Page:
How the Panama Papers and Junior Doctors strikes are linked

Athena Zabidi 

Earlier this week, the junior doctors across the country staged their second all-out strike. Unless you’ve been hiding under a rock for the past few months, you’d know that this is one of the most crucial issues facing the country. You’ve probably also heard the words “Panama Papers” flying around. It may surprise you to know that the two are linked. But first, we have to answer a few important questions.

Firstly, what are the Panama Papers? The ‘Panama Papers’ refers to a huge data leak from off-shore law firm Mossack Fonseca which exposed the details of offshore investments, whose beneficiaries included hundreds of politicians and numerous heads of state. If you are completely unfamiliar with the idea of offshore investments, I highly recommend you check out VOXEu’s adorable comic explaining the concept.

It is important to note that hiding your funds away in tax havens such as Panama, Guernsey, Jersey, or St. Kitts and Nevis isn’t illegal. In fact, tax avoidance in itself isn’t even illegal. So what is the big fuss about? One of the highlights of the Panama Papers was when David Cameron admitted to owning shares in a mutual investment fund set up by his father, Ian. Cameron has repeatedly insisted he has done nothing wrong. And technically, he hasn’t! To many, this revelation just proves Cameron’s tax hypocrisy. Cameron has famously mentioned the “ethical issues” that arise from tax avoidance. Various MPs and members of opposition parties have called him out for this, most notably Labour MP Jess Phillips who hit out at Cameron, calling him “a coward who cheats”.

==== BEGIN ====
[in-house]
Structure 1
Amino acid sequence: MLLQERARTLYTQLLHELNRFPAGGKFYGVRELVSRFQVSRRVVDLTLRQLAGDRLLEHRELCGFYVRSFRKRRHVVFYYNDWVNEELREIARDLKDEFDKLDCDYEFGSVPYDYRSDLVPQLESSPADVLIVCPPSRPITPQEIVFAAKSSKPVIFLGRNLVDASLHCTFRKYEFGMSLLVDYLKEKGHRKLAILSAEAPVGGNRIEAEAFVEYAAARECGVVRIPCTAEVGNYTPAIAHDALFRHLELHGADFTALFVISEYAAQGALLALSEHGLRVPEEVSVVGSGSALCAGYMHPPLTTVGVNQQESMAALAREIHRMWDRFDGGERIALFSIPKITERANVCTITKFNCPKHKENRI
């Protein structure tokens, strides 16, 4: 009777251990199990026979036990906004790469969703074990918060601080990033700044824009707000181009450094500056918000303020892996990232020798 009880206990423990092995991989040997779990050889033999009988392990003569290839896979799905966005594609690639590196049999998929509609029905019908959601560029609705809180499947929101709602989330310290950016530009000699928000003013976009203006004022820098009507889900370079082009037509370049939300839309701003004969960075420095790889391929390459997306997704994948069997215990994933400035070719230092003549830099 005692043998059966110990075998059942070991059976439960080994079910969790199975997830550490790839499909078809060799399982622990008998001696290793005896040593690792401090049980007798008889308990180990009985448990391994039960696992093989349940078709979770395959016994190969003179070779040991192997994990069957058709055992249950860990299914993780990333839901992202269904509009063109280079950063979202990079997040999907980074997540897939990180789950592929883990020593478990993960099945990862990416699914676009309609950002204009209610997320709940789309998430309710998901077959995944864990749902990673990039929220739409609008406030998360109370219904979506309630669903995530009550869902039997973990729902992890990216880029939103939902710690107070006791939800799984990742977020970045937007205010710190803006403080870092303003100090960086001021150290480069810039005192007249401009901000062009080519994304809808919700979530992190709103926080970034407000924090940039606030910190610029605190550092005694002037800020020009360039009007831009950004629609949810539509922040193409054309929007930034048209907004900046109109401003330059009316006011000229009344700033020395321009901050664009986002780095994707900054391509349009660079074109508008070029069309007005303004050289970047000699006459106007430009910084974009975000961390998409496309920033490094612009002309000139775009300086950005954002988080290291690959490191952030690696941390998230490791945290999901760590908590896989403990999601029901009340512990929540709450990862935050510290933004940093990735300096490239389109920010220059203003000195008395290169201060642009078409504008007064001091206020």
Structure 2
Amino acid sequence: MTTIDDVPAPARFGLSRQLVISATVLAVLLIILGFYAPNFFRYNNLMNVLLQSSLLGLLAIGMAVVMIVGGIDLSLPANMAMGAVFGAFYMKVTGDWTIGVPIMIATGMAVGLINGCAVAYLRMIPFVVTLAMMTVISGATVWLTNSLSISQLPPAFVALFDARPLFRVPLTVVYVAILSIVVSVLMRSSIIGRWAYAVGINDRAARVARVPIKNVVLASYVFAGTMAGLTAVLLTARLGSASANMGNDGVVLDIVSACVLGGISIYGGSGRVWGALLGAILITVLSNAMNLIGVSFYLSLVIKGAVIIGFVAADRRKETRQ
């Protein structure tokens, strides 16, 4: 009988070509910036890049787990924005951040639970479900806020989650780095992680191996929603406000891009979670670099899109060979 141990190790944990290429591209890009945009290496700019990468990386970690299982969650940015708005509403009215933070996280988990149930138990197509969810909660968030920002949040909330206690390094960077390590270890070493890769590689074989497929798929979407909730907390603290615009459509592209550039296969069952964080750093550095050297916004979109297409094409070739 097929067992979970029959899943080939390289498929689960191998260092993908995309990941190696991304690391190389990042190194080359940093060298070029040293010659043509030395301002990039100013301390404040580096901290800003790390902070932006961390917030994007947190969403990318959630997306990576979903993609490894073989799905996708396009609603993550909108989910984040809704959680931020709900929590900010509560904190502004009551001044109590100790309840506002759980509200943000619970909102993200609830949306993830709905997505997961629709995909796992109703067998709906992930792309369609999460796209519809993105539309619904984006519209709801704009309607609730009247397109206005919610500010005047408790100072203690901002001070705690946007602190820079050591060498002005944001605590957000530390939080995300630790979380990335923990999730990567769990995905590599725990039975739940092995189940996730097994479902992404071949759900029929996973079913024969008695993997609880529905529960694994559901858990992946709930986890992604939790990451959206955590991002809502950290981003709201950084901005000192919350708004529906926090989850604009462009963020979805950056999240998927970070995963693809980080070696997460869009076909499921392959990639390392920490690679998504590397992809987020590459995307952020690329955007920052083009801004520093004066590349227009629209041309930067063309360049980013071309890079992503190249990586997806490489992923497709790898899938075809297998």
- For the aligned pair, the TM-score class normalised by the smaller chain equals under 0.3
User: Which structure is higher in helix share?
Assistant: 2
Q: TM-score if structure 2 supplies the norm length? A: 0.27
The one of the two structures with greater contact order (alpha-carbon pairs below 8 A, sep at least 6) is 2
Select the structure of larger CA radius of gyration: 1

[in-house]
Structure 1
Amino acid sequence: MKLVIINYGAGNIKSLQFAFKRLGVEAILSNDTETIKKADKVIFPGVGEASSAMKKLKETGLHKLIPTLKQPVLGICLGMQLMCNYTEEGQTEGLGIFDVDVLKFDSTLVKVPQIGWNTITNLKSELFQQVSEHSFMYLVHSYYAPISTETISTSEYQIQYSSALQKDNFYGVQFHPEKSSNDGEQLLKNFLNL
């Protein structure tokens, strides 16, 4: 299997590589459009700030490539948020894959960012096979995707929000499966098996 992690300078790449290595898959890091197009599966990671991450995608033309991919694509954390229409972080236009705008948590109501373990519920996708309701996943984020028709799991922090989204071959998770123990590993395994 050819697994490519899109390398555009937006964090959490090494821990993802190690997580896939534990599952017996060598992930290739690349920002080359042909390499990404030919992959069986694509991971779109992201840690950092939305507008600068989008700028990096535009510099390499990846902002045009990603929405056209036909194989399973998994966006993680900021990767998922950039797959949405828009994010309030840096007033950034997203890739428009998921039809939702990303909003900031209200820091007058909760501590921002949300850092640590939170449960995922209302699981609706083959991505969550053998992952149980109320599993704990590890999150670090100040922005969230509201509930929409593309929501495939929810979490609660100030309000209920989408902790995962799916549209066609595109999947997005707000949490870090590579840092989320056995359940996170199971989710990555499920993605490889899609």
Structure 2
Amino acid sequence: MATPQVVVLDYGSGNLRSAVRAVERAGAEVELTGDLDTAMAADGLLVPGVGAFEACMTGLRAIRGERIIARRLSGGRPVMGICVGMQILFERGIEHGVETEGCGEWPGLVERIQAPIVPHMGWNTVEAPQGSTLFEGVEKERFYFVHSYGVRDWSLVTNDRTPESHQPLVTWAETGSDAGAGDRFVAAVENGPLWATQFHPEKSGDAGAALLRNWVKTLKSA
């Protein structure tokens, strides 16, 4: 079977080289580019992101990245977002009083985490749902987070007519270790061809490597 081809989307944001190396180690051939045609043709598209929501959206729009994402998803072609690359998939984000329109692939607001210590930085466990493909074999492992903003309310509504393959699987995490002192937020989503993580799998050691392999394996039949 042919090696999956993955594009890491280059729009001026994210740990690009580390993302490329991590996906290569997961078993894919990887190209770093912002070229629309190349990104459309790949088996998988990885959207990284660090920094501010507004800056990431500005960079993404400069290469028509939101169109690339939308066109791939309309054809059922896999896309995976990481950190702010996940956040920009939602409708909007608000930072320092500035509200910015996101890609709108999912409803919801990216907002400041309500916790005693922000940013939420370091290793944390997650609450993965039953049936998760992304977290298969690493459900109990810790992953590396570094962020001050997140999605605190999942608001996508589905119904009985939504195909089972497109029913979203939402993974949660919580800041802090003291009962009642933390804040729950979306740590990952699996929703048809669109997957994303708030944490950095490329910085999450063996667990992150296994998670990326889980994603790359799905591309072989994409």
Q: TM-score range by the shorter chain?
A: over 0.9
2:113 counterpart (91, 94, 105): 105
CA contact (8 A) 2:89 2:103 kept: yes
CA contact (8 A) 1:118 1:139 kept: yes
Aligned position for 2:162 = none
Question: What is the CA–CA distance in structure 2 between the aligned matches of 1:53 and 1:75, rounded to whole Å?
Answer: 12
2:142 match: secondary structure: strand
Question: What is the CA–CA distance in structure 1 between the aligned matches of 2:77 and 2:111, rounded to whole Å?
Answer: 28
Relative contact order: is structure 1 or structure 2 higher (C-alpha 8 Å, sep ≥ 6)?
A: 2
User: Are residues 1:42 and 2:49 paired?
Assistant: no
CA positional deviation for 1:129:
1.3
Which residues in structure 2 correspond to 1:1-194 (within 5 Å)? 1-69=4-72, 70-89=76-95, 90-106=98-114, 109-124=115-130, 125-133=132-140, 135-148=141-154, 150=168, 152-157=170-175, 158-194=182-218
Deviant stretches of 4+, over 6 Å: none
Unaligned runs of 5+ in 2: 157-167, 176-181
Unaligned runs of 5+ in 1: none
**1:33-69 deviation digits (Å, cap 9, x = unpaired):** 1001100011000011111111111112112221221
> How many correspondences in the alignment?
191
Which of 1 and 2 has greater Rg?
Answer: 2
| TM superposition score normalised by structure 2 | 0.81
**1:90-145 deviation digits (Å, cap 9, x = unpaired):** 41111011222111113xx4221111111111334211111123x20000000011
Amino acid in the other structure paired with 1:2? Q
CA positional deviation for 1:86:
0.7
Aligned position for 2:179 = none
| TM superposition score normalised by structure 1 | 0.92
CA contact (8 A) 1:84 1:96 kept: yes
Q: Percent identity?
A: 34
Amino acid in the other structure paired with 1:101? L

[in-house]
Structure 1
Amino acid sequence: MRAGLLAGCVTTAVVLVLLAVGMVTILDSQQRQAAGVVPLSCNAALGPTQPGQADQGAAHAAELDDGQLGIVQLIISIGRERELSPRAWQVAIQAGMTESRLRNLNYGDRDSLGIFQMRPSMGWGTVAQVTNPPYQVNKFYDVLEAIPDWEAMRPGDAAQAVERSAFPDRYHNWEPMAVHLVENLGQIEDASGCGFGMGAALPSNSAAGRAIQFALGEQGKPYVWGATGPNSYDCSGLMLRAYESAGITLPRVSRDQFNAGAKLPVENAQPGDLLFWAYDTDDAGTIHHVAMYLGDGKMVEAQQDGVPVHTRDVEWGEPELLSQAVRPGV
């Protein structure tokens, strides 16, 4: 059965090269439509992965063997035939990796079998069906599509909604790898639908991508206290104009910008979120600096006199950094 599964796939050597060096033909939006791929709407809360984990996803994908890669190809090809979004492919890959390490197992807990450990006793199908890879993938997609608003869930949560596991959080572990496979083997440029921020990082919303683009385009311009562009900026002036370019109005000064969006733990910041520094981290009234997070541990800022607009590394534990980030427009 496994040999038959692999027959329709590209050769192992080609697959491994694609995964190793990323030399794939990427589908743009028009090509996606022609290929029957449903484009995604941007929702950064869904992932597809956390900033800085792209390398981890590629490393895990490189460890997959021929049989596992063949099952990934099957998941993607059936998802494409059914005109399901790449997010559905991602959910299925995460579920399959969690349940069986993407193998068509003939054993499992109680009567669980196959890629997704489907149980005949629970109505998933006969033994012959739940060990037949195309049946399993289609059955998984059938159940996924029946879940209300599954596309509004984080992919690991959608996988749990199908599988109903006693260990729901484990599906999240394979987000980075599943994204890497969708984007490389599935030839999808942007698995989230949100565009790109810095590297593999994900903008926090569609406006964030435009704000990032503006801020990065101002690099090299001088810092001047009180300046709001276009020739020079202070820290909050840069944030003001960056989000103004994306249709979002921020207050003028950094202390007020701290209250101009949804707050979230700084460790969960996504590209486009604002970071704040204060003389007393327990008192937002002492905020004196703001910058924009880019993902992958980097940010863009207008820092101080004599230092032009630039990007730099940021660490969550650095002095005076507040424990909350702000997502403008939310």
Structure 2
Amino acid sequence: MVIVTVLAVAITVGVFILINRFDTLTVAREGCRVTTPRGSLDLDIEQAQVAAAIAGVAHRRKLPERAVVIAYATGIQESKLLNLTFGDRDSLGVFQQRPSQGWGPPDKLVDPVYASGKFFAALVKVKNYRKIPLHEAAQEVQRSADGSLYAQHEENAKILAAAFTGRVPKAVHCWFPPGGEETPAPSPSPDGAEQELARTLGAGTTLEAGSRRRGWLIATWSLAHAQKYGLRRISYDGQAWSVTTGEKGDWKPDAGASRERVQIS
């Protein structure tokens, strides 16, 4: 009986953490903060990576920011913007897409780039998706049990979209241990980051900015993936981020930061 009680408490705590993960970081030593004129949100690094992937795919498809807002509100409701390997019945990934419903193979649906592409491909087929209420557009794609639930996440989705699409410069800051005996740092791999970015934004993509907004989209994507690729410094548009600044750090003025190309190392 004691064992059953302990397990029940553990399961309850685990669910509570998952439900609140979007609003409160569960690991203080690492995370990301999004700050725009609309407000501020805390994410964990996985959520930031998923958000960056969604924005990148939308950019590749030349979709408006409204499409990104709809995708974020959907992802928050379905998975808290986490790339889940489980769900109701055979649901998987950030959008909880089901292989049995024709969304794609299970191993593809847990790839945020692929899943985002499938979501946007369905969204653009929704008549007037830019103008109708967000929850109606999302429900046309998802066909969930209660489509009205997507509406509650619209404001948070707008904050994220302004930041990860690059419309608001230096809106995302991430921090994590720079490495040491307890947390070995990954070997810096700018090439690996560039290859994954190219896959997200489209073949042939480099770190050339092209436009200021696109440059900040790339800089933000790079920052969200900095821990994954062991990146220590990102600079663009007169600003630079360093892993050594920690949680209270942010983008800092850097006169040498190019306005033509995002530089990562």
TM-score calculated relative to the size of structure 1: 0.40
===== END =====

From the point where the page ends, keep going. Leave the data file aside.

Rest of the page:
Secondly, what are the junior doctors even striking about? In a nutshell – it’s complicated. But the most pressing issues include working hours, an adjustment to what is considered “unsociable hours”, and essentially, pay. The junior doctors aren’t just striking for them, but for us too. Jeremy Hunt’s new contract for junior doctors raises serious concerns for patient safety and emergency care. The contract was part of David Cameron’s plan to increase emergency medical services on the weekend by 2020, but without drawing too much on the cash-strapped NHS’ resources.

It’s simple, when there are people who avoid paying their taxes in the UK, tax revenue falls. And when tax revenues are down, something’s got to give. Unfortunately, one of the UK’s most important institutions is taking the hit.

So now what? Should David Cameron follow in the former Icelandic premier’s footsteps and resign? Should we wait to see whether the ministers or junior doctors break first? Regardless, this exposé should call for more transparency within the government.